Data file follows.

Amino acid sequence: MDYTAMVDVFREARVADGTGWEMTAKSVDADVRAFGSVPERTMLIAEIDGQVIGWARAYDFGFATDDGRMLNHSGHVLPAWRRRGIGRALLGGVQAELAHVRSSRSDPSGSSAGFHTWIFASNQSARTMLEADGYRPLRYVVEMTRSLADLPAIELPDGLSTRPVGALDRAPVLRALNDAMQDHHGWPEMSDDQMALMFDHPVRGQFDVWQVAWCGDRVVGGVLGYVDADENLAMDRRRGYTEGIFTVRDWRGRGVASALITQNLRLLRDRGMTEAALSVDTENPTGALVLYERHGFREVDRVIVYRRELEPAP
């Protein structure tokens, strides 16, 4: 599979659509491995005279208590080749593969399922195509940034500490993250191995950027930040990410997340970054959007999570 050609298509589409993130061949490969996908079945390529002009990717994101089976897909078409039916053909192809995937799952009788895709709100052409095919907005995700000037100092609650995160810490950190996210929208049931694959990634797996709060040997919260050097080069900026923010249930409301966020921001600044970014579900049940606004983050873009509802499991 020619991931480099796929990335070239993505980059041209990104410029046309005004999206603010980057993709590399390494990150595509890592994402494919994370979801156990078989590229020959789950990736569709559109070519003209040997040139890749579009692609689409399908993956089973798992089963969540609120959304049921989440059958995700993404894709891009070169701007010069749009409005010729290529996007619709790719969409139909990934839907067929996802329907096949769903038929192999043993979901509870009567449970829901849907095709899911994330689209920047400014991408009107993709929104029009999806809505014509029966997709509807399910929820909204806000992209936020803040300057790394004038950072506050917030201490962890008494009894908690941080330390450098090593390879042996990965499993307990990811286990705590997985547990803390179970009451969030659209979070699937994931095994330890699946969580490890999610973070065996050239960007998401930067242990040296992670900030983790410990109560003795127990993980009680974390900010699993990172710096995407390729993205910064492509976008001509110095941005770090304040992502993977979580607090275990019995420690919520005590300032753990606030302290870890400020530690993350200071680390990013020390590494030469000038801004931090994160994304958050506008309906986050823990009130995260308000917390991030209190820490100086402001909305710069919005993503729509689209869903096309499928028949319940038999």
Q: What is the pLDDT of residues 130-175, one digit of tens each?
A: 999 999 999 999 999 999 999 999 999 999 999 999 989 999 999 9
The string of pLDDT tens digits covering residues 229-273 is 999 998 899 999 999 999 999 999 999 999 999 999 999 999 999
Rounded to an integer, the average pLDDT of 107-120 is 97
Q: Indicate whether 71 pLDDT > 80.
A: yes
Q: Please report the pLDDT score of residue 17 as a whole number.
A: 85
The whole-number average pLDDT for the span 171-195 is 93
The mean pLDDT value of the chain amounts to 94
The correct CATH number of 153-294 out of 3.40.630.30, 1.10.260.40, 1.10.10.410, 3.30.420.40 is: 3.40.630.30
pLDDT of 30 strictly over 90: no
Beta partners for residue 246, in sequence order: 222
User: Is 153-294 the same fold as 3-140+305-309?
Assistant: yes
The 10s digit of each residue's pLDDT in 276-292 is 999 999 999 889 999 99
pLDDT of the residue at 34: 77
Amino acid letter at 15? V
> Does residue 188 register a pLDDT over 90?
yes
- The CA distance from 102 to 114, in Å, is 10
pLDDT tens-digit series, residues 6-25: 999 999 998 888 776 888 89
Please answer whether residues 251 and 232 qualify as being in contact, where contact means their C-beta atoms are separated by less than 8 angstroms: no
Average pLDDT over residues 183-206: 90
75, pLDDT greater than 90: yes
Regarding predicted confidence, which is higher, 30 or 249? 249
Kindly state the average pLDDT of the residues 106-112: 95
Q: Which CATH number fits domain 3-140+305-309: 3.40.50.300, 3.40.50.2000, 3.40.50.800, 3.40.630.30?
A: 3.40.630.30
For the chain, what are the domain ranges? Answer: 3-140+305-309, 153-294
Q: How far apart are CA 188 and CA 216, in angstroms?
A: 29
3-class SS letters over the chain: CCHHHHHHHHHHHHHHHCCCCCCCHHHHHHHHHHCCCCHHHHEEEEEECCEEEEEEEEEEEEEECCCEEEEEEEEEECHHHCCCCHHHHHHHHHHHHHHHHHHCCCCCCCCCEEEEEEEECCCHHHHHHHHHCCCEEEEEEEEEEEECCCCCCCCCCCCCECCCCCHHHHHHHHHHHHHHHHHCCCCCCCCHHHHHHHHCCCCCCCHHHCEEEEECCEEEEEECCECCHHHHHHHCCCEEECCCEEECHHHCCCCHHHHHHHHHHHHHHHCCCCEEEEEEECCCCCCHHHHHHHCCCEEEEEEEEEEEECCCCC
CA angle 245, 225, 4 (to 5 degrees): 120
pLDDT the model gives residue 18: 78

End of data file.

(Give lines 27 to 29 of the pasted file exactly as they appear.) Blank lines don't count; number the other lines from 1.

75, pLDDT greater than 90: yes
Regarding predicted confidence, which is higher, 30 or 249? 249
Kindly state the average pLDDT of the residues 106-112: 95